Bayesian: I wrote pretty much the same Python program when I was first converting to Bayesianism and finding out about likelihood ratios and feeling skeptical about the system maybe being abusable in some way, and then a friend of mine found out about likelihood ratios and he wrote essentially the same program, also in Python\. And lo, he found that false evidence of 20:1 for the coin being 55% biased was found at least once, somewhere along the way\.\.\. 1\.4% of the time\. If you asked for more extreme likelihood ratios, the chances of finding them dropped off even faster\.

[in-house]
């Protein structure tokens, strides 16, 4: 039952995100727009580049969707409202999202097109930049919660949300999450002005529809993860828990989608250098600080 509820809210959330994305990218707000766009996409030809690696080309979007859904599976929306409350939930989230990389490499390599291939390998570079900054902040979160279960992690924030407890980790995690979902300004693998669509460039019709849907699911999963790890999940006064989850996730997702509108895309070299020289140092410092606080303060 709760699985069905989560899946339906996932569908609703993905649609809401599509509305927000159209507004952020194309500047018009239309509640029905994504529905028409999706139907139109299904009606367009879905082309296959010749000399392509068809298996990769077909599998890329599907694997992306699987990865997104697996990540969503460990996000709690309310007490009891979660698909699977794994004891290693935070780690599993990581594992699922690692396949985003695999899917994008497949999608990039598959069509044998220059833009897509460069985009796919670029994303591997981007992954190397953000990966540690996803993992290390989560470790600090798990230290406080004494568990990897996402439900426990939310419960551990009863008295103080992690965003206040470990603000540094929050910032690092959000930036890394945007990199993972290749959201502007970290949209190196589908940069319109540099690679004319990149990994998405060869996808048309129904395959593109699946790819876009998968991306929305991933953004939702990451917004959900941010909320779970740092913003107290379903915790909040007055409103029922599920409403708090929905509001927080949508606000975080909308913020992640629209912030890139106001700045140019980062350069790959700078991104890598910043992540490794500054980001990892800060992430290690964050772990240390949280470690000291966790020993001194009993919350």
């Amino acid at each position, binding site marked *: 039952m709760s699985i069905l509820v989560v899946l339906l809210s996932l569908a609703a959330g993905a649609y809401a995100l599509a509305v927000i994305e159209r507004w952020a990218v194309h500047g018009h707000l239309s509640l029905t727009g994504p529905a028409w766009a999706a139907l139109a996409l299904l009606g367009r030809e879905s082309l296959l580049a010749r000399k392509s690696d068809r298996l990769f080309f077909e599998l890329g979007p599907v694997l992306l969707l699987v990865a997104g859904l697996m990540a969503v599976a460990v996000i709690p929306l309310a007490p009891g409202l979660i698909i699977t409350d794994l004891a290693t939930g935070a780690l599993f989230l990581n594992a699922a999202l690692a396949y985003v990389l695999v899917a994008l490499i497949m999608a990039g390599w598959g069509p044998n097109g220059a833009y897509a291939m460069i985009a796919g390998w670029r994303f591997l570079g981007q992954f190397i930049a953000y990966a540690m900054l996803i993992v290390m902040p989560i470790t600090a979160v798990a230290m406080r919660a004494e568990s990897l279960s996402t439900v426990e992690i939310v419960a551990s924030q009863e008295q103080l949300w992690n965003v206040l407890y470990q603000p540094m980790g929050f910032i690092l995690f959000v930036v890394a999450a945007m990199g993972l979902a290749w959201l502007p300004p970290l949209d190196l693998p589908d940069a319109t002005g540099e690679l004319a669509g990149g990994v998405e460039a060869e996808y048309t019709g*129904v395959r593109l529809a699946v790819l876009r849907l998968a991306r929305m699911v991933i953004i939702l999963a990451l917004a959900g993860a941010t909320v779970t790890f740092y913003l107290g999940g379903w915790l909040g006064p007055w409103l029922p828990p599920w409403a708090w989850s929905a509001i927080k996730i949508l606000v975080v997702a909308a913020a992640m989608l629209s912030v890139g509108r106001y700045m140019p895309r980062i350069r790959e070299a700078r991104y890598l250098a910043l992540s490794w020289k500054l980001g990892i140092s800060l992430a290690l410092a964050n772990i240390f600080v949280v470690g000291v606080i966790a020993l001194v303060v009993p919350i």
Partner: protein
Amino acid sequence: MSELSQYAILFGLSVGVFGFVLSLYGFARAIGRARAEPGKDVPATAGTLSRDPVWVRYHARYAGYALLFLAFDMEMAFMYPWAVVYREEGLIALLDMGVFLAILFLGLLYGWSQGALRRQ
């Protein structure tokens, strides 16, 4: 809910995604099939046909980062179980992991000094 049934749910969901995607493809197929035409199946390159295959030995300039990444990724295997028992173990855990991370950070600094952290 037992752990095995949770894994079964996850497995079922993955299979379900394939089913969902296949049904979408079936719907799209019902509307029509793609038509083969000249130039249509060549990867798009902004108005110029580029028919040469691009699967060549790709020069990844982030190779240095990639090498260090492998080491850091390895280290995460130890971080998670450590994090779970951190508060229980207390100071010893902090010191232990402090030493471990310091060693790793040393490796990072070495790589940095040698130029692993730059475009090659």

I'm going to take the role of the "undergrad" here and try to interpret this in the following way:

Given that a hypothesis is true -- but it is unknown to be true -- it is far more likely to come by a "statistically significant" result indicating it is wrong, than it is likely to come by a result indicating that another hypothesis is significantly more likely.

In simpler words - it is far easier to "prove" a true hypothesis is wrong by accident, than it is to "prove" that an alternative hypothesis is superior (a better estimator of reality) by accident.

Would you consider this interpretation accurate?